and game on the menu which pleased Tim so he chose pigeon, smoked bacon and black pudding in a raspberry dressing to start (£6.95). Even though the pigeon season is a long one, not many restaurants tackle this proliﬁc source of meat but this chef certainly knew what he was doing. The pigeon had been sliced very thinly, exactly to Tim’s liking, the bacon was crispy and even though we didn’t ask if it was the Clonakilty black pudding they usually serve with their scallops, we think it probably was and it certainly got Tim’s top rating. I chose the crispy pork salad in hoi sin sauce with won ton wafers (£5.90) which was a dish packed full of ﬂavour and got the juices ﬂowing for the main course. I was in the mood for ﬁsh and nearly went for sea bass, pak choi and crab ravioli in a sweet chilli sauce, which sounded an interesting combination, but instead I chose the grilled whole Cornish plaice with prawns in parsley butter (£19.50) served with skinny fries and green beans. I wasn’t careful enough with the ﬁsh bones, but once I’d extricated one from my gum this dish was a delight: devilishly buttery and despite it being a ﬂat ﬁsh, extremely ﬁlling. Tim can never resist calves’ liver, which is
served here with smoked bacon on mash in a red wine jus (£19.50). Again it was sliced thinly and was beautifully tender with a ﬂuﬀy mash so he was a very happy man. In the interests of doing a food review, you should really order pudding, but we were stuﬀed, so decided to share the blueberry souﬄe (£5.95), knowing it would be light, although the liquorice panna cotta and blackcurrant sorbet made it on to the short list! While we were waiting for the souﬄe to arrive we peered through the large French doors to the patio outside. Through the darkness we could see a huge seating area with a new minimalistic planting scheme and mature gardens beyond which would be a smashing venue for lunch. The two-course lunch menu is £13.95 and on the day we visited, it included hake goujons, venison cottage pie and salmon and haddock risotto. Really, what’s not to like here?
Harborough Rd, Great Oxendon, LE16 8NA. 01858 452286. www.thegeorgegreatoxendon.co.uk
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ACTIVE LOCAL /// Volleyball
HAPPY VOLLEY Jeremy Beswick visits a club introducing the massively popular worldwide sport of volleyball to Leicestershire Photography: Pip Warters THERE’S NO GETTING away from the fact that the sport of volleyball is something of a minority interest here in the UK, in spite of many of us having happy memories of it as a holiday beach game or from our school days. Yet, in most of the rest of the world it’s a massive affair with top players earning hundreds of thousands a year and crowds of up to 60,000 spectators. The governing body claims it’s also among the top three global sports in terms of people playing regularly so, having discovered all that I wondered – as may you – what is it we Brits are missing out on? To ﬁnd out, one Wednesday evening I went to the Leicester Arena in the city centre, home of our very own women’s side, Athena Volleyball, where I met coach Paul Kaerger. It’s a new club that started a year ago when a friend – knowing Paul had played for 17 years and was now a coach – asked if there was anywhere for his daughter to give it a try. Having wracked his brains Paul realised that there wasn’t, so decided there should be. He got together with Sarah Booth, who’d played in the USA and also immediately saw the potential. “I’m in,” she declared. They put some feelers out on social media, the word got around and the response was way beyond their expectations, enabling them to immediately set up not one side but two. “Apart from local people we had Poles, Latvians and Filipinos getting in touch,” he told me, “reﬂecting what a big game volleyball is elsewhere.” In fact, when I visited, it was a veritable United Nations of an evening with Russians, Spaniards, Slovakians and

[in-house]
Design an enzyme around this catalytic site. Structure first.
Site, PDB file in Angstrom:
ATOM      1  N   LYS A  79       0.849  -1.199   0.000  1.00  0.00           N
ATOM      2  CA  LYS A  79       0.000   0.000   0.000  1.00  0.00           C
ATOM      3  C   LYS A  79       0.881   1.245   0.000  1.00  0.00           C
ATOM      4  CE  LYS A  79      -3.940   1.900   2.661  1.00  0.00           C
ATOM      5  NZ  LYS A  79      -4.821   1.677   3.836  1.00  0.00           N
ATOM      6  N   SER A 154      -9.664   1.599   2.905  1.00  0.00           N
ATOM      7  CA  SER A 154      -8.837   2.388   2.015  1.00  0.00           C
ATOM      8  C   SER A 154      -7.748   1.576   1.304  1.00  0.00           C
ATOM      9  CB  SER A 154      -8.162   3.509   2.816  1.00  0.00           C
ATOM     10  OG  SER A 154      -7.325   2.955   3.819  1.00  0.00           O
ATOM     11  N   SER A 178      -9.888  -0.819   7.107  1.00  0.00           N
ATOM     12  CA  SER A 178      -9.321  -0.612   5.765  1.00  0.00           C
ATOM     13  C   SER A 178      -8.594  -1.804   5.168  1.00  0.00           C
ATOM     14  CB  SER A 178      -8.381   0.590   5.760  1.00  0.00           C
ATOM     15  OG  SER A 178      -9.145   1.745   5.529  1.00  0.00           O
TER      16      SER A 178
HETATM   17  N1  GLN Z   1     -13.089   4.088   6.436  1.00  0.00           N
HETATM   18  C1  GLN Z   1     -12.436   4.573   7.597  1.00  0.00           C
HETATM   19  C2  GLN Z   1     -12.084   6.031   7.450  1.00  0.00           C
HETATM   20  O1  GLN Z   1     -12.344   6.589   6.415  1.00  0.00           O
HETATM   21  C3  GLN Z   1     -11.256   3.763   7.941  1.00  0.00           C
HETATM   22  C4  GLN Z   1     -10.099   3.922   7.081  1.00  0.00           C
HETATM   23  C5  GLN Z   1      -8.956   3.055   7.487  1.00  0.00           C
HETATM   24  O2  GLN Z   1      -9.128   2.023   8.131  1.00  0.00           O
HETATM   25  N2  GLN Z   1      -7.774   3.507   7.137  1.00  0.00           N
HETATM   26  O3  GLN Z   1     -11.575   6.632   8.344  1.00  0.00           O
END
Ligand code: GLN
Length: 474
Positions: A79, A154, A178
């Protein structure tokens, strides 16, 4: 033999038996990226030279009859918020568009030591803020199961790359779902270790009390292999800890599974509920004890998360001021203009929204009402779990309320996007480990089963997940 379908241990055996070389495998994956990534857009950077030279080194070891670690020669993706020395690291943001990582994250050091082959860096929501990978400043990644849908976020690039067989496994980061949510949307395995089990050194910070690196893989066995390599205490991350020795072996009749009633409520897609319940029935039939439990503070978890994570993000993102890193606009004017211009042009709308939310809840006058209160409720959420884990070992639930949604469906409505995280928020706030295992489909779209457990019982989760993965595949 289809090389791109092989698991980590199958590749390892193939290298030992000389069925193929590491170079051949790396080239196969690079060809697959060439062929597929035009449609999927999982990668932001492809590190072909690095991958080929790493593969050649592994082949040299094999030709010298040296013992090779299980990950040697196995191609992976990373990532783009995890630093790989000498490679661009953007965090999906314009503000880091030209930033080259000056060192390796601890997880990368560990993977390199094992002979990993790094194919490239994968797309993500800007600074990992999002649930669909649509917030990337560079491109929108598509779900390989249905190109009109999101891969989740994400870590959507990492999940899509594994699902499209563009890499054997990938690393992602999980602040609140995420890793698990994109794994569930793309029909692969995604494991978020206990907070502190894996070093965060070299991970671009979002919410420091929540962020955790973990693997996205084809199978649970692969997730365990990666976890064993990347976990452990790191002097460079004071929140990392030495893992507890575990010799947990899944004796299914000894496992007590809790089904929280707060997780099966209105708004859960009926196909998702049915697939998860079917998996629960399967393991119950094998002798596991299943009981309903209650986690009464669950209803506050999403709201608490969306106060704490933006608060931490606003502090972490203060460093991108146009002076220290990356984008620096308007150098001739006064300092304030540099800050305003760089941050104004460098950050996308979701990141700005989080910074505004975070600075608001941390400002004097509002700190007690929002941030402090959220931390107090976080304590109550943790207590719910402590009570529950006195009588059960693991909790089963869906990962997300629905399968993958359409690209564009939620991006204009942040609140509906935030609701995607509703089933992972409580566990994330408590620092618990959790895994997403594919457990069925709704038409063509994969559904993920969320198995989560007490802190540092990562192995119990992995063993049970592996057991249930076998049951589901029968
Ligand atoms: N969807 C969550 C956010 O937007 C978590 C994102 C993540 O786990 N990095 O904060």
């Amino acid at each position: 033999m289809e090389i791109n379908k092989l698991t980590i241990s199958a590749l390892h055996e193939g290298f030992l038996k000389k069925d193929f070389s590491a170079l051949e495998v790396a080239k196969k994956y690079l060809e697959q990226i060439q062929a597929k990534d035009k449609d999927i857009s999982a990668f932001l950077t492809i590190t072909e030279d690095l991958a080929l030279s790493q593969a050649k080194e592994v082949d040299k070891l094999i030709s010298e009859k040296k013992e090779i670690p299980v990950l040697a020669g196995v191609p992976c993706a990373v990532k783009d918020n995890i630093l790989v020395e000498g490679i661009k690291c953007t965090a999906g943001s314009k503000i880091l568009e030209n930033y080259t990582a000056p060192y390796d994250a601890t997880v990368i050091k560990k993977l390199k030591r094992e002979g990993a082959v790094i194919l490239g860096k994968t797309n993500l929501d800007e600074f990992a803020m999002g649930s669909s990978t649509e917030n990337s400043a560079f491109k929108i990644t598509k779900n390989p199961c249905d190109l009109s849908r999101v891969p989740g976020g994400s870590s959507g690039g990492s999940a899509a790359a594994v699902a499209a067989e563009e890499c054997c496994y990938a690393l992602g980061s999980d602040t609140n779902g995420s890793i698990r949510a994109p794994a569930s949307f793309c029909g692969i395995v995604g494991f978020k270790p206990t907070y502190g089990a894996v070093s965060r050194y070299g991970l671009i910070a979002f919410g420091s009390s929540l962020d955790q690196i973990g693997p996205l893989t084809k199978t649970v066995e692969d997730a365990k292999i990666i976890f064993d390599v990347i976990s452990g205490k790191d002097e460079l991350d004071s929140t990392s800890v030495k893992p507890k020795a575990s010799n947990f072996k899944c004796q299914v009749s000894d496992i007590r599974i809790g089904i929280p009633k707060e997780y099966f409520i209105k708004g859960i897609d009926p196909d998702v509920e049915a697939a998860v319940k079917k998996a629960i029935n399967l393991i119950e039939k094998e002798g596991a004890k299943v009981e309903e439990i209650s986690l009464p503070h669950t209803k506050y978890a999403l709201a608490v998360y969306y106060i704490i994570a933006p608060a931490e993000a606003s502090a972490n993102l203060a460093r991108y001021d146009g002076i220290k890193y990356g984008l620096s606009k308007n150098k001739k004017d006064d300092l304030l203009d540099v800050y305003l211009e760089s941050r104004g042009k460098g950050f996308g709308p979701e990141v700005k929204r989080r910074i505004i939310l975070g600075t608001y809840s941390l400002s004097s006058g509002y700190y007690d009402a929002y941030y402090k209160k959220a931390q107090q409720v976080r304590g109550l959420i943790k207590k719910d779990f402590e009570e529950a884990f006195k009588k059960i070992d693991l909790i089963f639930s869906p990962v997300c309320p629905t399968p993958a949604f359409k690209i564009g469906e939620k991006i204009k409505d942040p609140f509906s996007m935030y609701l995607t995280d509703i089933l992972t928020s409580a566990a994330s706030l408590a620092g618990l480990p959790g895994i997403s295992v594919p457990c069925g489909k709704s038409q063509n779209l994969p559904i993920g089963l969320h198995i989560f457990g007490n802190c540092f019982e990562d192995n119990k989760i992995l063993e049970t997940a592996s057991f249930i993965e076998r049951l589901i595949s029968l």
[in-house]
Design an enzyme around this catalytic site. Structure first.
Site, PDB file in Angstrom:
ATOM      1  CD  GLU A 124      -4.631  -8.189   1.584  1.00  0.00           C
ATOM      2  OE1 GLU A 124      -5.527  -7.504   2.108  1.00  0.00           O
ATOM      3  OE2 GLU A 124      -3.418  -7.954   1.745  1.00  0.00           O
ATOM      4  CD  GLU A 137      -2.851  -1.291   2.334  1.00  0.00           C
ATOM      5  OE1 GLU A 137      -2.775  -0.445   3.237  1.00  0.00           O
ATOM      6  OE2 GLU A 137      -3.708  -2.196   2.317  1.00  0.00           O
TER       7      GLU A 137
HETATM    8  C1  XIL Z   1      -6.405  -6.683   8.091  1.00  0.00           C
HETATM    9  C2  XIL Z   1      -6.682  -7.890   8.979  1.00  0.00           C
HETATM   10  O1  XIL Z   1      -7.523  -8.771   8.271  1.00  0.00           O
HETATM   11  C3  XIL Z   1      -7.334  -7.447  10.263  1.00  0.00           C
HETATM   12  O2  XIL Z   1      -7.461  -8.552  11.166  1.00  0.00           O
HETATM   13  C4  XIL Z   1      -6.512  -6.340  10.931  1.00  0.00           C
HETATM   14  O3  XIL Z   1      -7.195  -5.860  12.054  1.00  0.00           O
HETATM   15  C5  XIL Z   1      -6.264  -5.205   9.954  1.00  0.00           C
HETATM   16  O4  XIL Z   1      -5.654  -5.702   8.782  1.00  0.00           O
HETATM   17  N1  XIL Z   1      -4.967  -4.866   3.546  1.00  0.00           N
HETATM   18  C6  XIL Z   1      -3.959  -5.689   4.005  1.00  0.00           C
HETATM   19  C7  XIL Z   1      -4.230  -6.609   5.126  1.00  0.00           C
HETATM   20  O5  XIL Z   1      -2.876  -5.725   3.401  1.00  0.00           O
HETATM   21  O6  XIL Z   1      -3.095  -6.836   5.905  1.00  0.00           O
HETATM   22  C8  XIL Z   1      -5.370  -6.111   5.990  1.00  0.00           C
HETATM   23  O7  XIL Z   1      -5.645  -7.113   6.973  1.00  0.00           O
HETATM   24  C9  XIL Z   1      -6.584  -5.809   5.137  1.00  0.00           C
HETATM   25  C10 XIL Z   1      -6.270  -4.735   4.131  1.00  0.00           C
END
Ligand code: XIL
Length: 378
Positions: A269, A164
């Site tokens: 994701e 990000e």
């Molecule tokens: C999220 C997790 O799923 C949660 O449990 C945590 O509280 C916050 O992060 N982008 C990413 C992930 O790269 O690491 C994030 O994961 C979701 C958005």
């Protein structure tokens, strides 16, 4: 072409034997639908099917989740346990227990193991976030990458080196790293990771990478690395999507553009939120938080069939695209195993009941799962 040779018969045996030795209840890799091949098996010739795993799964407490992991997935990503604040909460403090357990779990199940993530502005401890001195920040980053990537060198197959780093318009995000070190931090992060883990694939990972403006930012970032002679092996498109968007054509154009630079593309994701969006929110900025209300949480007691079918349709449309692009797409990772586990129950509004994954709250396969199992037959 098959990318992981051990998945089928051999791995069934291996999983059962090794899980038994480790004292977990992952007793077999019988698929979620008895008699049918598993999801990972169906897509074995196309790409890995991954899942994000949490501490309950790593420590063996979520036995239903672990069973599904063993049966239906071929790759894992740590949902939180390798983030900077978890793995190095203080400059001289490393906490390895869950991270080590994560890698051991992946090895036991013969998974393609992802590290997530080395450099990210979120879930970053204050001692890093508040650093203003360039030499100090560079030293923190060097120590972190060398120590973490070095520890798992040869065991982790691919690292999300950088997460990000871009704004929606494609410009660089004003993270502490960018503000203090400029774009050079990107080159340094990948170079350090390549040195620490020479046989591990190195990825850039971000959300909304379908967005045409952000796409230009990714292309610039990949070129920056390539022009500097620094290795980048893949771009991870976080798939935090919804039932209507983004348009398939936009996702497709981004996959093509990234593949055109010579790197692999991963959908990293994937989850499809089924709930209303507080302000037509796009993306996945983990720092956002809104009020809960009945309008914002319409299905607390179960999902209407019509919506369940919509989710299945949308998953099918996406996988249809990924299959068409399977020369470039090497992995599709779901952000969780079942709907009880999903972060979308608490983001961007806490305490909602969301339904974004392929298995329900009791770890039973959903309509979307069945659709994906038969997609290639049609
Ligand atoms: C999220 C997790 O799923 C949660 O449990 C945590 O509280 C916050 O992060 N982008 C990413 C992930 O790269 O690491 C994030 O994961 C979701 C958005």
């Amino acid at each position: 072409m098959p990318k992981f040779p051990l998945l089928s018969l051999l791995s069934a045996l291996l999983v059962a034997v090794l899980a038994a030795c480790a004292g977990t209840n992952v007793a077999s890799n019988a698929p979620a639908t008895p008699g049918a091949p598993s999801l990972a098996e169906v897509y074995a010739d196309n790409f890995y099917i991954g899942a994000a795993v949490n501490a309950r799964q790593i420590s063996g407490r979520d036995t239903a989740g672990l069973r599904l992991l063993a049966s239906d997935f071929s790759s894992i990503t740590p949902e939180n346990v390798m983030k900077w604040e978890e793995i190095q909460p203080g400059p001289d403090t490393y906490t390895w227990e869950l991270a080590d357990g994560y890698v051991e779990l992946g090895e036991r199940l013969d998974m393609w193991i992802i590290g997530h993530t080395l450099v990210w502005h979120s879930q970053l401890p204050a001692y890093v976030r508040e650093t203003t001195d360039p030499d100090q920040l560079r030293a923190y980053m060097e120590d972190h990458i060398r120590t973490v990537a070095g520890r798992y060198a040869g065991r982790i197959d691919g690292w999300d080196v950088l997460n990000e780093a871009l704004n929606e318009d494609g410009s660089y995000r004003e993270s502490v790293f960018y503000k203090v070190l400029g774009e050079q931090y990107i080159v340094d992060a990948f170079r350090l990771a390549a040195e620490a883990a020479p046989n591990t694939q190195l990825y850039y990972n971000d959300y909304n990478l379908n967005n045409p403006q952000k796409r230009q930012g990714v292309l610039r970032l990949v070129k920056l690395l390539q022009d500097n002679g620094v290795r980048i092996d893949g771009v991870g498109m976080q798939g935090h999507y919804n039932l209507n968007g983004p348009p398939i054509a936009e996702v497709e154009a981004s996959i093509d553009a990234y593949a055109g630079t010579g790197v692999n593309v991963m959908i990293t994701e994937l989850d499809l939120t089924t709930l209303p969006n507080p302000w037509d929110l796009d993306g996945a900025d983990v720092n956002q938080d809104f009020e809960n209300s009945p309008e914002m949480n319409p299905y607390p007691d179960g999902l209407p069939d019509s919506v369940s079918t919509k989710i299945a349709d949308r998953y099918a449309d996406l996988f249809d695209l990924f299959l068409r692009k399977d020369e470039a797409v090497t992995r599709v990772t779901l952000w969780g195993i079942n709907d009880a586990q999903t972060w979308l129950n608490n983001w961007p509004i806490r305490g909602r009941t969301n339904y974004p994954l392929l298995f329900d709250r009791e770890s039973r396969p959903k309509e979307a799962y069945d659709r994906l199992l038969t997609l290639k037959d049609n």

others in addition. “The international context binds people together,” said Paul. But don’t feel you need to be exotic to join in; there are plenty of local girls here, too. Paul told me: “One of the women who came along had never played team sports before and she’s now an ever-present. I can honestly say it doesn’t matter what your background is and I really don’t care what standard you want to play at – come along. We want to build a pyramid of players from those who just want to have fun to the more competitive. As we build towards our aim of the ﬁrst team joining the National League it’s important to have a strong infrastructure of all abilities behind us.” Currently, the two sides play in the East Midlands League – for the ﬁrst team – and in the Leicestershire League for those who are ‘improvers’. It seems they’re not far off that National League ambition as they recently played an elite side in the game’s equivalent of the FA Cup and very nearly beat them. With 20 members including ﬁve or six juniors they’re at the level now that some corporate sponsorship would not only help them get there but also offer good exposure to the right organisation. Sarah, who’s now club captain, said: “It’s different here in the UK than the US, people play for fun. It’s a good way to keep ﬁt and there are lots of skills to learn.” That was certainly in evidence as I watched the rest of them practicing serving, passing, setting and spikes, every new arrival to the sports hall as people drifted in from work greeted by a cheer and with a lot of high-ﬁving going
Leicester’s Athena Volleyball club attracts players of all ages and nationalities - reflecting the sport’s popularity around the world